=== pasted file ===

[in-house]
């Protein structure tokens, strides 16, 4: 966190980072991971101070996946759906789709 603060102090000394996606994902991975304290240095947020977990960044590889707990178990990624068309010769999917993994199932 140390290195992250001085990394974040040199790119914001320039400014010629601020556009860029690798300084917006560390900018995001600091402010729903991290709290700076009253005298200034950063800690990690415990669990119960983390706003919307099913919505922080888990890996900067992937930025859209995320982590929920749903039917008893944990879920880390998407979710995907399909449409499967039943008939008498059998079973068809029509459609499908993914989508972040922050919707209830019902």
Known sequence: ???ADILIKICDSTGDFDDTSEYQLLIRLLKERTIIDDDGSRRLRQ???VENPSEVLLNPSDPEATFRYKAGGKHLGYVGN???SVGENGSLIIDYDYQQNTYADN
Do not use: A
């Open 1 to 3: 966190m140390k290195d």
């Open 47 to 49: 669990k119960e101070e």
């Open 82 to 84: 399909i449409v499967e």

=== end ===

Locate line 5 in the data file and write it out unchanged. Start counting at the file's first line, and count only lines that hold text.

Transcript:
């Open 1 to 3: 966190m140390k290195d």